Background: This study investigated whether abnormal circulation of macromolecular IgA and IgA with altered glycosylation or electrical charge plays a role in the recurrence of IgA nephropathy (IgAN) after transplantation.
Study design: A total of 92 renal transplant patients were enrolled; 52 IgAN patients and 40 with other non-IgAN. The IgAN group included 10 patients showing IgA mesangial deposits in the grafted kidneys (recurrent group) and 10 who did not (immunohistochemically proven non-recurrent group). In addition another 22 IgAN transplant patients were clinically free of recurrent disease.
Methods: The analyses included macromolecular IgA (IgAIC) detected by the conglutinin assay (K), heavy IgA precipitated in 2.5% polyethylene glycol (PEG), IgA-fibronectin aggregates (IgA/F Aggr), mixed IgA/IgGIC, IgA binding to mesangial matrix components (fibronectin, laminin, type IV collagen) or polycations (poly-L-lysine) and IgA with altered glycosylation (Jacalin-binding assay).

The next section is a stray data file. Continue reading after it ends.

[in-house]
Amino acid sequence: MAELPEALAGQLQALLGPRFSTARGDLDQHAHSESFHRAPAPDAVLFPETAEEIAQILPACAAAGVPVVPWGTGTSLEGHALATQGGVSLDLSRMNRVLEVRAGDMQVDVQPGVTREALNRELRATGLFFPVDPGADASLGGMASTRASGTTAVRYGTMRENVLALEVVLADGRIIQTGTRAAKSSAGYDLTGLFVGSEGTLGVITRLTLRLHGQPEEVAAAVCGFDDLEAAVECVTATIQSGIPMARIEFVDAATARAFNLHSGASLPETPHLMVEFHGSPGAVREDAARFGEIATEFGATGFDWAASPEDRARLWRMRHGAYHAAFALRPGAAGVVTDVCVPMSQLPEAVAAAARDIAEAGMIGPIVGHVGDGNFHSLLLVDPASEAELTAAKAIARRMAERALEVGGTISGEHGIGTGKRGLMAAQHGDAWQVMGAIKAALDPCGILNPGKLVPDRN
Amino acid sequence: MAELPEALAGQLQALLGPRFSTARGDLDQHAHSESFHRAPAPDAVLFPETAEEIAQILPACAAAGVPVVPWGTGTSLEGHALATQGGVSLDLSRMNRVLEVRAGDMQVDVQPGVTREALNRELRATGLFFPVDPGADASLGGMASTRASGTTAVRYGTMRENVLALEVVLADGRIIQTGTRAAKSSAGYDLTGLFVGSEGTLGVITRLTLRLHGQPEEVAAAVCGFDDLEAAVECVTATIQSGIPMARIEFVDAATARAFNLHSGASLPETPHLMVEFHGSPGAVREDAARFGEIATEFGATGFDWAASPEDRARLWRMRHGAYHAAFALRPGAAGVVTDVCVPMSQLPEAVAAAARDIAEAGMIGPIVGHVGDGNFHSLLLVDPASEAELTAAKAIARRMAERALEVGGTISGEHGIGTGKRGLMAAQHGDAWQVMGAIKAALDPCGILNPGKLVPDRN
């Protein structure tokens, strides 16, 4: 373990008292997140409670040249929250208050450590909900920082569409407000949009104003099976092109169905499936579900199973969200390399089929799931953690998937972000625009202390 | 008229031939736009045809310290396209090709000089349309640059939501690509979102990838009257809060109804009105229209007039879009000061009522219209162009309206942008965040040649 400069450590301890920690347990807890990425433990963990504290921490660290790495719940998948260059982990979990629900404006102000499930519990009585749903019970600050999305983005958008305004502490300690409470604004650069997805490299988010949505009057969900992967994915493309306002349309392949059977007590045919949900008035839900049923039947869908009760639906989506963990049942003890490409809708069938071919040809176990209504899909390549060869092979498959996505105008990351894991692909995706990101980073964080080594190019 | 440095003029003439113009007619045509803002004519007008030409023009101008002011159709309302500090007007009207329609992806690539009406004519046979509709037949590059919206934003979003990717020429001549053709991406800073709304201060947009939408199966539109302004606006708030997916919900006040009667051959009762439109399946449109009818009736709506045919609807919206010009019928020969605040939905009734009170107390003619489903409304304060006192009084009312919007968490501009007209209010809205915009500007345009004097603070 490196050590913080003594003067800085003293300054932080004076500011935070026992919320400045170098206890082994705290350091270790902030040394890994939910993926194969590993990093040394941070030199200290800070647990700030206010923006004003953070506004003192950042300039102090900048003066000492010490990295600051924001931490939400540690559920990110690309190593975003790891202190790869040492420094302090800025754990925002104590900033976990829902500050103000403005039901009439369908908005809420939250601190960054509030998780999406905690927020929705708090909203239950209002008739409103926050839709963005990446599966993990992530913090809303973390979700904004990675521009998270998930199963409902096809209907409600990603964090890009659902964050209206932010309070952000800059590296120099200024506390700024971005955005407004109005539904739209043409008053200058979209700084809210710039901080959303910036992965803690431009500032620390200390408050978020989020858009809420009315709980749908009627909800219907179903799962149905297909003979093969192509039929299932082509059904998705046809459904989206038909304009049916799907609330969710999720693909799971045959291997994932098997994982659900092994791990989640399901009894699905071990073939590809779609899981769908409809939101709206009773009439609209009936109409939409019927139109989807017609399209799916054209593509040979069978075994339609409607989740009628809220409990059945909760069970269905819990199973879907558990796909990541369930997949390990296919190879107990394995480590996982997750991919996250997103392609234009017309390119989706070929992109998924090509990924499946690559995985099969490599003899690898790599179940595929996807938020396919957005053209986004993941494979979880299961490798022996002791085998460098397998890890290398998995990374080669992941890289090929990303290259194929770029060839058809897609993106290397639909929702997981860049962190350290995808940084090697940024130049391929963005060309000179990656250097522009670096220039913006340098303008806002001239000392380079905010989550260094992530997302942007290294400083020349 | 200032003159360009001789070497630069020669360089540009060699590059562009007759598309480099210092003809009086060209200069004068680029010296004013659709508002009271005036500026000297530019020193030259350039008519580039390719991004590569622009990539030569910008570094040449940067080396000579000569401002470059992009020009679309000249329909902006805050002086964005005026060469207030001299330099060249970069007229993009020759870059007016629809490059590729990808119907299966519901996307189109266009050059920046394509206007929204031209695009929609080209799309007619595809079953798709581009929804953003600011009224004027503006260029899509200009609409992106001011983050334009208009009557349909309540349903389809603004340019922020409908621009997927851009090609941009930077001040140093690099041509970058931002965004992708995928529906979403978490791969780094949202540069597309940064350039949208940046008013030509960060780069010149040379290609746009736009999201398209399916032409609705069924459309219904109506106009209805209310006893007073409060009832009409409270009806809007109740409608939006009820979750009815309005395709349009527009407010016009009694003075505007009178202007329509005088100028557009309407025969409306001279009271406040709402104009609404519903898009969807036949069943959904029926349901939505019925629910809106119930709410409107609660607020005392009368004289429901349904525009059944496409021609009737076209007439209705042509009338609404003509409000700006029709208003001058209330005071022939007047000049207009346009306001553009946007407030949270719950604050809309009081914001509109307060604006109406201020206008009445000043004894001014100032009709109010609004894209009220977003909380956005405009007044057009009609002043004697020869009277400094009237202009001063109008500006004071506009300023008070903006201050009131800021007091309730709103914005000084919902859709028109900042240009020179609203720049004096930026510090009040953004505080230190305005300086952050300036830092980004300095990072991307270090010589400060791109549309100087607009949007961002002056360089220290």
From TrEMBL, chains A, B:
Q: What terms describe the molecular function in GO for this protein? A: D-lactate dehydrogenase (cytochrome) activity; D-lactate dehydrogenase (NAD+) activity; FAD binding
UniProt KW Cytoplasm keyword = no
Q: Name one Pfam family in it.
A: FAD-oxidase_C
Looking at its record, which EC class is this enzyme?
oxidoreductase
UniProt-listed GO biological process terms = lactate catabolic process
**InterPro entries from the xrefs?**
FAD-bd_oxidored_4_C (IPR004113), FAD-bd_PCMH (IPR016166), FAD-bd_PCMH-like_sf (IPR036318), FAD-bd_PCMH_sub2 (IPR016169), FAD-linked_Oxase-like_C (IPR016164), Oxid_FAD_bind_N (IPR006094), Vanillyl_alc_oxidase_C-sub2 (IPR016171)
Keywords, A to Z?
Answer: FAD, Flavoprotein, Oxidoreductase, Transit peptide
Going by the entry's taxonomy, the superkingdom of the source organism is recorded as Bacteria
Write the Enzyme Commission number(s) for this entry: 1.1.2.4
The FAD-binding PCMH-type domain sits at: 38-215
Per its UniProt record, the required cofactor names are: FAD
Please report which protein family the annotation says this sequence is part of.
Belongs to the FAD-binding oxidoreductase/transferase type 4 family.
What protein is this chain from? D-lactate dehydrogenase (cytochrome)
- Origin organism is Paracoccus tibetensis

Results: After transplantation, IgAN patients displayed significantly higher mean levels for each variable measured than non-IgAN (ANOVA, P < 0.05). By stepwise regression analysis, the binding of IgA to fibronectin had the highest coefficient. By comparing data in recurrent and clinically non-recurrent IgAN, we observed that two groups could be distinguished by the results of the two assays for macromolecular IgA (conglutinin IgAIC and IgA-fibronectin aggregates) and IgA with increased affinity for type IV collagen (P < 0.05). When the selected group of immunohistochemically proven non-recurrent IgAN was compared to the recurrent one, a statistically significant difference was found only for the binding of IgA to type IV collagen (P < 0.05). Data from this test were significantly related with proteinuria (P < 0.05) and microscopic haematuria (P < 0.04).
Conclusions: Even though the IgA serology of renal transplant IgAN patients shows peculiar features and recurrent and non-recurrent IgAN differ in many aspects, the prevalence of positive data in the two groups had no predictive value. This suggests that the recurrence of IgAN is modulated by factors affecting the interaction between circulating abnormal IgA and mesangial cells and/or matrix.